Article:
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Cancers are a group of malignant diseases of cell division that has a tendency to invade neighboring tissues and spread. In some cases, these malignant tumors result in the death of an individual by internal or external spread. In others, malignant tumors form localized masses that can grow to invade nearby tissues and may metastasize to distant sites. In most cases, the cause is not known. In about 1.5 million cases per year, cancer causes death in the USA and in Europe.

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Can cancer be cured?

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Because we do not have a cure for cancer, the question 'Can cancer be cured?', and the answer 'no', are misleading questions. If we had a cure, they would not be formulated. The cure-model is now a widely held misconception, that cancer patients will be cured. But the cure paradigm is flawed. Some cancer treatments may be curative, and there is no reason to believe that no cure ever can be found for any type of cancer. On the contrary, a cure for cancer would be a miracle cure. The cure-model is so flawed that one cannot discuss or discuss cancer cure. The cure model encourages clinicians and cancer patients to search for a cure. This raises the question 'what is a cure?'.

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What are the latest developments in atlcar.cd30.ccr4 cells for therapeutic use?

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This is probably the first data showing significant growth inhibition of CCR4-positive cancer cells in the presence of anti-CCR4 antibody. Data from a recent study support further investigations and validation of these cells in human cancer patients.

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Who should consider clinical trials for cancer?

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The decision of who should enroll is a tricky issue and depends upon a multitude of factors. To facilitate and improve the inclusion of eligible patients to clinical trials, we recommend the following steps.

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Does cancer run in families?

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The inheritance of [breast cancer]( has been reported only in a minority of cases. This raises the question of whether family history would be worthwhile to consider, even in families without strong family history of breast cancer. This research confirms the notion that breast and ovarian cancer are substantially hereditary, but supports its inclusion if an explanation remains to be found for familial breast or ovarian cancer.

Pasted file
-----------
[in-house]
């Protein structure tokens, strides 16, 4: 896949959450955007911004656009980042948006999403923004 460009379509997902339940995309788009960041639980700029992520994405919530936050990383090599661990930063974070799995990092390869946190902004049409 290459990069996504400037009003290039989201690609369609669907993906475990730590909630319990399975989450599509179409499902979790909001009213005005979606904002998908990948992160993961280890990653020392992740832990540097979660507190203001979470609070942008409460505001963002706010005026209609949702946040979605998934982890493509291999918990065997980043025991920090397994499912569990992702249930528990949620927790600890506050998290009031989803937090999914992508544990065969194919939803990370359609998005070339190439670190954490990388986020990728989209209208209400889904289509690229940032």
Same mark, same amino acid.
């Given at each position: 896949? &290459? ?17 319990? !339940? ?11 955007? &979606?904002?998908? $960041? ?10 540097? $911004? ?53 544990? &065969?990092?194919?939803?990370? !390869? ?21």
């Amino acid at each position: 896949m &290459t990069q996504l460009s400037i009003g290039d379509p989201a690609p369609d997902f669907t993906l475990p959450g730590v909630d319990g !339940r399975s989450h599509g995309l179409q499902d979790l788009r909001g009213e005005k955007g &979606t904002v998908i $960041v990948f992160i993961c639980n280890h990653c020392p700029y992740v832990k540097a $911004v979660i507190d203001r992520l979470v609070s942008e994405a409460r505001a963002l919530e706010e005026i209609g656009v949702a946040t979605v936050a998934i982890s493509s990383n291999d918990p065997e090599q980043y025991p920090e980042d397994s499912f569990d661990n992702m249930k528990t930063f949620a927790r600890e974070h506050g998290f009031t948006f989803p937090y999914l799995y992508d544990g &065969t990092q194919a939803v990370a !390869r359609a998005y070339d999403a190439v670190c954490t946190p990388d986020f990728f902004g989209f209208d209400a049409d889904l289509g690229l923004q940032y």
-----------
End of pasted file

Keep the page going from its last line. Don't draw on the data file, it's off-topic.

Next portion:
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What is atlcar.cd30.ccr4 cells?

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Cells from the metastatic site are known to lose their epithelial characteristics and the cells on the periphery become indistinguishable with the neighboring healthy tissue. The number the number of mitochondria decreases (thereby affecting respiration)and the cells are more prone to cell growth, division and development of a multinucleated phenotype(frequently seen as cancer cell). This may be a reason for the development of more aggressive cell phenotype when cancer comes in contact with the periphery tissue.

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Have there been other clinical trials involving atlcar.cd30.ccr4 cells?

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A. CD30 cells are highly effective in inducing apoptosis and cell death by complement-mediated apoptosis in human malignant lymphomas. Their cytotoxic activities seem to be dose dependent as the higher the dose the greater the cytotoxic effect. Considering the fact that several CD30-specific chimeric antibodies, e.g. G1, are currently undergoing clinical trials, the possible clinical applications of CD30 cells may be evaluated in CD30-positive cancers.